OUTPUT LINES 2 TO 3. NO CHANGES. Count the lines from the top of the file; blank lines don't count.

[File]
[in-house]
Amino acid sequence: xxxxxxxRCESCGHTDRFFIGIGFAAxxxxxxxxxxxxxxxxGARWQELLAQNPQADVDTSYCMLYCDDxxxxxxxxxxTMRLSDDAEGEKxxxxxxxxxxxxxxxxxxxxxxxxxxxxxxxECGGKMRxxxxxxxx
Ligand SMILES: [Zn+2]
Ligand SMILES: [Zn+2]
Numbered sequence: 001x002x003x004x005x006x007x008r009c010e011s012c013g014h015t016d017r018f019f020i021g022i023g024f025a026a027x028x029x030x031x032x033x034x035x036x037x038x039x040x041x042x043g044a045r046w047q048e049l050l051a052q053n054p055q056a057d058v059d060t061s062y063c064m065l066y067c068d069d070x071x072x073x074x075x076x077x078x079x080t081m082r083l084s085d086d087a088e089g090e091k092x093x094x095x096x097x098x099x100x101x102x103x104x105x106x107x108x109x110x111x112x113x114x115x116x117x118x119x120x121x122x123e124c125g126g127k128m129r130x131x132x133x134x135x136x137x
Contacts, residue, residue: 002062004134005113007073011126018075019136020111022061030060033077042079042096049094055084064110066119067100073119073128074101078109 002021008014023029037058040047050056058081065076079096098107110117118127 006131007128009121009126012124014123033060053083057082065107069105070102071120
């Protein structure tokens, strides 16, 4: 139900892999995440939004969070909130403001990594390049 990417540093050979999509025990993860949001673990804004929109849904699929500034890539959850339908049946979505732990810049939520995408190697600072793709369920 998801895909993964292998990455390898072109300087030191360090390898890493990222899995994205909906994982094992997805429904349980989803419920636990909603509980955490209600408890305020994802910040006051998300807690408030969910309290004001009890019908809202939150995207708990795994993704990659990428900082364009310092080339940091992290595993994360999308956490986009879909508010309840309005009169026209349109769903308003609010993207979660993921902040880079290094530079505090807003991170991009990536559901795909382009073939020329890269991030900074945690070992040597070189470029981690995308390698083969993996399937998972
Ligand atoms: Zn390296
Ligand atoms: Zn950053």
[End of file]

Amino acid sequence: xxxxxxxRCESCGHTDRFFIGIGFAAxxxxxxxxxxxxxxxxGARWQELLAQNPQADVDTSYCMLYCDDxxxxxxxxxxTMRLSDDAEGEKxxxxxxxxxxxxxxxxxxxxxxxxxxxxxxxECGGKMRxxxxxxxx
Ligand SMILES: [Zn+2]